Mountains and molehills
A response to Ben Stanhope on behemoth
It has been some time since my original article responding to liberal scholarship on behemoth was published, and Ben Stanhope—the YouTuber/blogger whose views were specifically addressed there—has perhaps unsurprisingly posted a reply on his own website. As I see it, there is far too little engagement between young- and old-earth Christians as it is, so by all means I will count this dialogue as a good development. Any time we can take steps to break through the internet’s echo chamber, I suggest we should do so.
I think a helpful way of addressing our differences will be to tackle the most important ones first—those are the mountains. Ironically, the purported main subject of our disagreement, that is, the identity and nature of ‘Behemoth’, is not among the mountains. It resides among the molehills of our disagreements. The identity of Behemoth really makes no difference to either of our biblical views. Rather, it is our differing views that are chiefly responsible for our differences in interpretation here. If we deal with the underlying major differences, then our disagreement about Behemoth will be a light matter indeed.
Is the Bible true, or is it a myth?
Stanhope has taken an obviously tongue-in-cheek tone in response to my claim that his theology is liberal, as if this were somehow supposed to be a controversial point.
In this usage, I’m inferring the semantic range of liberal circumscribes everyone who isn’t a Young Earth creationist.
Good to know.1
In point of fact, yes, Stanhope’s theology is liberal, with liberal being defined as “regarding many traditional beliefs as dispensable, invalidated by modern thought, or liable to change”.2 In this case, young earth creationism3 is the “traditional belief” (held by the entire Christian church universally up until the so-called Enlightenment), and modern theological reinterpretations and Darwinian evolutionism represent the “modern thought”.
But many old-earthers are not liberal about other aspects of biblical doctrine. So, despite Stanhope’s insinuation, we would normally reserve the term ‘liberal’ for those who abandon more than biblical young-earth teachings. E.g. we have pointed out that schemes like day-age and gap theories were invented by otherwise conservative exegetes to try to preserve biblical authority while capitulating on long ages. The outright liberals were often happy to admit that Genesis teaches six normal-length creation days, a young earth, and a global Flood, but was just wrong.
So, let me bring another element here to seal the case for Stanhope’s liberalism: the fact that he apparently denies biblical inerrancy outright, and possibly the doctrine of inspiration along with it. What makes me say this?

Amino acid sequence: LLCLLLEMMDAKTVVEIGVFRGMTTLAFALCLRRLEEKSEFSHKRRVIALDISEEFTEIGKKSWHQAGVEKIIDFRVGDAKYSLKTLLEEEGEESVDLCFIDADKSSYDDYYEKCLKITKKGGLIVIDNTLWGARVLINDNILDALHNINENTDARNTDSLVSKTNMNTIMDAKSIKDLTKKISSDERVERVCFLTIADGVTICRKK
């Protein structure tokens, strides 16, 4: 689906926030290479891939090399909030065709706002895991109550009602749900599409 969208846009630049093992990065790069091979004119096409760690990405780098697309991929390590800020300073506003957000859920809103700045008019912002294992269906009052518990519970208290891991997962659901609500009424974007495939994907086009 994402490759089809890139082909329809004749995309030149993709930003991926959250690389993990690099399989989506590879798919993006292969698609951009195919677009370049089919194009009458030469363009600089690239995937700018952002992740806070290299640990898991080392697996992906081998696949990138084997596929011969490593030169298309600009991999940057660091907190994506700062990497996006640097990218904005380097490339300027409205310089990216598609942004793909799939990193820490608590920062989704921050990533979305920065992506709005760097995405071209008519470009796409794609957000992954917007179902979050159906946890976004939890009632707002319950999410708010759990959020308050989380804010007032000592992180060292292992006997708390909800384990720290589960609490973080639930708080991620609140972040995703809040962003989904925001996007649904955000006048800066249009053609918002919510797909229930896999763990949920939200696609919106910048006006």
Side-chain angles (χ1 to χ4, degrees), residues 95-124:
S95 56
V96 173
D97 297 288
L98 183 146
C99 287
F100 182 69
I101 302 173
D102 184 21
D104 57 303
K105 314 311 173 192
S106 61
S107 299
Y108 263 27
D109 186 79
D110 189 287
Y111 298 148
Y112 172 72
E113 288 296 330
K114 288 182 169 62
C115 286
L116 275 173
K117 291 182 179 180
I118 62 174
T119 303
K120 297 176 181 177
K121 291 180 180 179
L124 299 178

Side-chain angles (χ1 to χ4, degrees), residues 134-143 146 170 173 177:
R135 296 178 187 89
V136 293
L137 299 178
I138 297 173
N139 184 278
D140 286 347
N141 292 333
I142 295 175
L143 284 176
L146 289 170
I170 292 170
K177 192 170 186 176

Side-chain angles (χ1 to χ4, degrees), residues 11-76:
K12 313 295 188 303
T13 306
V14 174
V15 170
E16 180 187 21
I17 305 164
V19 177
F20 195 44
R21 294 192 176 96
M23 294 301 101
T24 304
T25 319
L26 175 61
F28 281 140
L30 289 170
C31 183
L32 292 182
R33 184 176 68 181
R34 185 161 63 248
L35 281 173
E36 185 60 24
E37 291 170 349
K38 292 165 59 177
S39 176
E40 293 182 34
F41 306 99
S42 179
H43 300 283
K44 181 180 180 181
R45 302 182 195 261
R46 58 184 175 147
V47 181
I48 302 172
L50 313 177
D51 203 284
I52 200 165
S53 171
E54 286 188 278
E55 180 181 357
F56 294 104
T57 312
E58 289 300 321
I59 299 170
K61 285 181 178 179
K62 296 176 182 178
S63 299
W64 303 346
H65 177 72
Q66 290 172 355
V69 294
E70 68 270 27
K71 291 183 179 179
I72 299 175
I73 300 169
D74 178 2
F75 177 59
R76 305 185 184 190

… Creation.com’s authors typically ignore the obvious fact that the genealogies in Genesis are mathematically contrived and often evidently symbolic (e.g. Enoch’s death at 365 years old or Lamech at 777. Here’s a fancy pants paper on the topic for the uninitiated). They therefore whip out their calculators in front of a J Mac and typically tally up a date for the Global Flood to around 2350 BC—Bishop Ussher style.
Stanhope’s mention of Archbishop Ussher is rather ironic in light of his view that the ages of some of the Patriarchs are “contrived” is supposed to be obvious4. It wasn’t obvious to Bishop Ussher, and it’s not obvious outside the scope of liberal circles, let the reader be assured of that! The ages are given as part of a historical narrative, and most interpreters (prior to the rise of secularism and the belief in long ages of prehistory) took them as straightforward history. Ussher was just one of a huge number of scholars who calculated a creation date in the same ball park (~4000 BC from the Hebrew, ~5500 BC from the Greek). The fact that the numbers appear to have some symbolic significance is evidence only of God’s providential power over all things, including the length of our lives. Was it not Job who stated,
Since [man’s] days are determined,
and the number of his months is with you,
and you have appointed his limits that he cannot pass … (Job 14:5)
Indeed, symbolic numbers are found throughout the history of the Bible, including in the New Testament. I wonder, on the same basis does Stanhope also deny the historicity of Jesus’ 40 days in the wilderness, since that number is repeated often throughout the Bible? What about the three days that Jesus spent in the tomb?